It was clear to us at last year’s meeting that for our vision to be realised we need a new generation of leaders to make things happen. We are therefore proposing putting in place a leadership training programme to equip people with the skills to make things happen. The leadership programme will be small and selective and will focus on doing, i.e. as part of the programme delegates will be expected to participate in and complete a national project. This will be run by Gabriele De Luca who is a shining example of what good leaders can do. Gabriele has experience from the AAN young leadership programme and is passionate about the field himself. It may be worthwhile coming to, and participating in, our meeting just to access the leadership training programme.  


As always the wheel has usually been invented. Most ideas are not new, but how they have been tested and implemented may be new. We are proposing to use the Variance platform to share best practice. Why reinvent something if it already exists? We expect all centres to share their successes and failures so that others can learn from them. This will hopefully allow MS centres to share their materials and experiences with other centres so as to raise the bar for everyone and to create a collegiate atmosphere. The advantage the MS Academy has is that we already have the infrastructure to make sharing relatively easy.

So if you are reading this post and are attending this year’s meeting don’t be shy; please submit a poster to the meeting on something in your service that you are proud of, or even something you are not so proud of. We will select 3 or 4 posters for a platform presentation to allow wider discussion.

If you have not registered already please do so now there are a few remaining places.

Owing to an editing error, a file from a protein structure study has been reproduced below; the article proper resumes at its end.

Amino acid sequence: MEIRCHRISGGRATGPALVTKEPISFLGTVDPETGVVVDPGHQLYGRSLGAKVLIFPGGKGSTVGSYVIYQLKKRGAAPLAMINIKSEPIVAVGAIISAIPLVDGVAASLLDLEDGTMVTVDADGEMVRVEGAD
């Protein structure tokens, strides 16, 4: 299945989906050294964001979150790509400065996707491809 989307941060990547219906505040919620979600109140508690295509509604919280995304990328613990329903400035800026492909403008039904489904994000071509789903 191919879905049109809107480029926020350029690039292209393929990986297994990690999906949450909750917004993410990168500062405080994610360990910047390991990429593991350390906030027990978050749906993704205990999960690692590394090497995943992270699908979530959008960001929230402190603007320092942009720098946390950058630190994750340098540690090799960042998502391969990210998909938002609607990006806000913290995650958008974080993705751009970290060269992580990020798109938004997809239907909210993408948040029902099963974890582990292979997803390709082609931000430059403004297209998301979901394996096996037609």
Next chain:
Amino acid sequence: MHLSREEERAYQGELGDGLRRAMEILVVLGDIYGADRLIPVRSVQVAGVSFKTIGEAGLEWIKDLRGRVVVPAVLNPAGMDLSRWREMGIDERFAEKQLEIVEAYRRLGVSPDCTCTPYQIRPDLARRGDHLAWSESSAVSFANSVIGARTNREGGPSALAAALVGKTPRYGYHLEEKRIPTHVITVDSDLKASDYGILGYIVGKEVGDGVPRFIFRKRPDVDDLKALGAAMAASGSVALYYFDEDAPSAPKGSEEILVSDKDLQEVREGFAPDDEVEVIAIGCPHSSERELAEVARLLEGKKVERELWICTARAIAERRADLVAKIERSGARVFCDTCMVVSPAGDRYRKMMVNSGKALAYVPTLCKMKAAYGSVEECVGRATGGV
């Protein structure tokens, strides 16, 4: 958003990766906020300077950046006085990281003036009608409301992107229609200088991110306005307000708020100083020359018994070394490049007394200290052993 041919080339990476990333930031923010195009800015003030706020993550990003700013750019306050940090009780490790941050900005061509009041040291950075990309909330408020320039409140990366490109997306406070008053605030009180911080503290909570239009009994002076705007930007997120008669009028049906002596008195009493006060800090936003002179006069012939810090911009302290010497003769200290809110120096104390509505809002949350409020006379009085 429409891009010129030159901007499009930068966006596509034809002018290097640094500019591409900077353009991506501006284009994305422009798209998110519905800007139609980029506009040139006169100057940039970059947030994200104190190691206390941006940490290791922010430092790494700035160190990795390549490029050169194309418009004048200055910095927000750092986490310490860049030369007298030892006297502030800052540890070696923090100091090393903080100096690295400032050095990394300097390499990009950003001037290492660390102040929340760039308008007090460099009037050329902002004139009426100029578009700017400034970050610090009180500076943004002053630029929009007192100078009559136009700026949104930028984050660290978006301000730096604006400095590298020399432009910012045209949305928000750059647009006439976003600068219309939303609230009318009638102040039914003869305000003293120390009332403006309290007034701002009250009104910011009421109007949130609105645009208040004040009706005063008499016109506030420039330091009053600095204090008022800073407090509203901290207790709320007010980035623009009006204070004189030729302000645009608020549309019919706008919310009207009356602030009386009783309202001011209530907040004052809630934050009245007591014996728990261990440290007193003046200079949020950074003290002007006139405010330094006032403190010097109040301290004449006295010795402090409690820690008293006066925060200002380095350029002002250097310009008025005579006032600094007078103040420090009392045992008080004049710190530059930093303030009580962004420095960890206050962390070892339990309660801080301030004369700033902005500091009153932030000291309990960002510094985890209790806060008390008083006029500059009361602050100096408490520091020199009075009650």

13 thoughts on “Reinventing the wheel or the 4×4”

  1. One of the most uplifting and inspiring reads. This is a brilliant way to progress provision for PwMS. I’d hope as a bonus it’ll make working within the field more rewarding for all the providers.
    My only caveat to such a positive initiative is that I wish every centre was on board and not only a number of them.

    1. There will be pwMS attending the meeting, but as representatives of and their centres. There are limited places and hence you would need to register with your MS Centre.

      1. Not sure what you mean by MS centre?

        Whilst I volunteer for and have undertaken some totally independent campaigning – on the apparent discrepancies in legislation regarding the use of the word Disabled and how that impacts pwMS, especially around access to transport concessions – I am treated at the JR and one of your fellow panellists is my neurologist.

        Should I ask the JR team if I can attach myself to their coat tails?

        Thank you.

      2. Dominic, how about starting up your own CIC – Community Interest Company about MS? Or something along those lines.

        With your independent campaigning. Then you could attend these MS conferences on those grounds (possibly).
        It shouldn’t need to cost much… if anything to set up a CIC.

  2. Thanks Prof G. I appreciate your post and believe it’s the right approach to ensuring equality of treatment. However the cynic in me would say if the same effort is spent on curing ms would all this be relevant? I fundamentally believe ms is one disease that should of been cured at least 10 years ago!

    1. I agree with you. But trying to convince the world that we have found the cause of MS is difficult.

      1. Ah. If only it was simple. Causation theory is anything but simple, which is why we have so many falsehoods around. CCSVI etc.

      2. More importantly to accept anything as medical fact requires 10 years and 3 clinical trials at cost of 100 million. Pharma have all the cards.

  3. Consider this post liked. Excited to hear about outcome of next meeting. Also kudos to the team for working “no hierarchy” but also recognising the importance of leadership